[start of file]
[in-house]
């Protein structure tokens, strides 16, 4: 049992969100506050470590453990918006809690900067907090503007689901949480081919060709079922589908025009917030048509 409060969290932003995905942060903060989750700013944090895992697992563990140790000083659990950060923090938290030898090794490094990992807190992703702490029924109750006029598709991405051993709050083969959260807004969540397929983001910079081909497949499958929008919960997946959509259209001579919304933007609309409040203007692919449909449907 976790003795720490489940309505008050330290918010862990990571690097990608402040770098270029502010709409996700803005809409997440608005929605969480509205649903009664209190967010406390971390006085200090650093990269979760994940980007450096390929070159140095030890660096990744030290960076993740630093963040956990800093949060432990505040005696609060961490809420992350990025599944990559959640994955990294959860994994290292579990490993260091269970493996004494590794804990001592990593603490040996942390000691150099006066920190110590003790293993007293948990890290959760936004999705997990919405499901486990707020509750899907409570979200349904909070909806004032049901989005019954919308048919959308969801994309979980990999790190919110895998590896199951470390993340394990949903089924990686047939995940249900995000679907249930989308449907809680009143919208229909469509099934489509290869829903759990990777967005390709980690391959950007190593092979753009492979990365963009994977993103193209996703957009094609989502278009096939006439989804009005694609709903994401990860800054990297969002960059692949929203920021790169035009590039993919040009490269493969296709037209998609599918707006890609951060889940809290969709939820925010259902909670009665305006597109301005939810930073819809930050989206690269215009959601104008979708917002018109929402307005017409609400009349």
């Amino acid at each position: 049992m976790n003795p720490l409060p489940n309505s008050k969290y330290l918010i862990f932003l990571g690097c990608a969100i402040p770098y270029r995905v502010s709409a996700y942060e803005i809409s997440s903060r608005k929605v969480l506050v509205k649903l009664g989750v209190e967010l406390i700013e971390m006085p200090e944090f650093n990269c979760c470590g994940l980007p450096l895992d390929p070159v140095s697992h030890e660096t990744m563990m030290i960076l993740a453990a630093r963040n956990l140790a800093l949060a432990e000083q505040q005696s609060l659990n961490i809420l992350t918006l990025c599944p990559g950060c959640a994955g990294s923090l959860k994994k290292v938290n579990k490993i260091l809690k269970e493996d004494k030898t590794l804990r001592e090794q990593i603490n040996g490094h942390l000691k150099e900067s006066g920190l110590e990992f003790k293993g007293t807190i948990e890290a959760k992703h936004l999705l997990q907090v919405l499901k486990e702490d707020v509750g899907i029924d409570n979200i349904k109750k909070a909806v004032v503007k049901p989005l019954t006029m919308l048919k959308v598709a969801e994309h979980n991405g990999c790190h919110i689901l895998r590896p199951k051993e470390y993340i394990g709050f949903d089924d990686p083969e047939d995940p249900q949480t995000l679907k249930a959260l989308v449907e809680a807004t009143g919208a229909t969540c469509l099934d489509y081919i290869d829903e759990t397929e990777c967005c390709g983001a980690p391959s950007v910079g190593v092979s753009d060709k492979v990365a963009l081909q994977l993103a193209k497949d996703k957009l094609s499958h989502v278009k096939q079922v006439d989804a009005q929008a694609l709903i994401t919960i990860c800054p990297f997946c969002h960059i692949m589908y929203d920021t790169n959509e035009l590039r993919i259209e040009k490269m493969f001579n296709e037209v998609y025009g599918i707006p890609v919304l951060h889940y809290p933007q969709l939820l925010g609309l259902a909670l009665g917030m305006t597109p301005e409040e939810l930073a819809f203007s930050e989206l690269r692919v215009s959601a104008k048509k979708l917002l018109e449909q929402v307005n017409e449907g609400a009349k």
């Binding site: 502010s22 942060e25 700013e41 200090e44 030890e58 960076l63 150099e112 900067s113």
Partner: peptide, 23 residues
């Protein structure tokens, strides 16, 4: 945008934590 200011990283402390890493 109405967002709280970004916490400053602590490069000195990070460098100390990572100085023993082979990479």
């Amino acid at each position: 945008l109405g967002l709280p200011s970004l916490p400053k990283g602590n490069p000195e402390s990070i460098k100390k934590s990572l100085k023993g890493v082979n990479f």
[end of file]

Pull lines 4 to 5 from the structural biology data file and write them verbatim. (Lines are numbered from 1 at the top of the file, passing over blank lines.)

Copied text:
């Binding site: 502010s22 942060e25 700013e41 200090e44 030890e58 960076l63 150099e112 900067s113």
Partner: peptide, 23 residues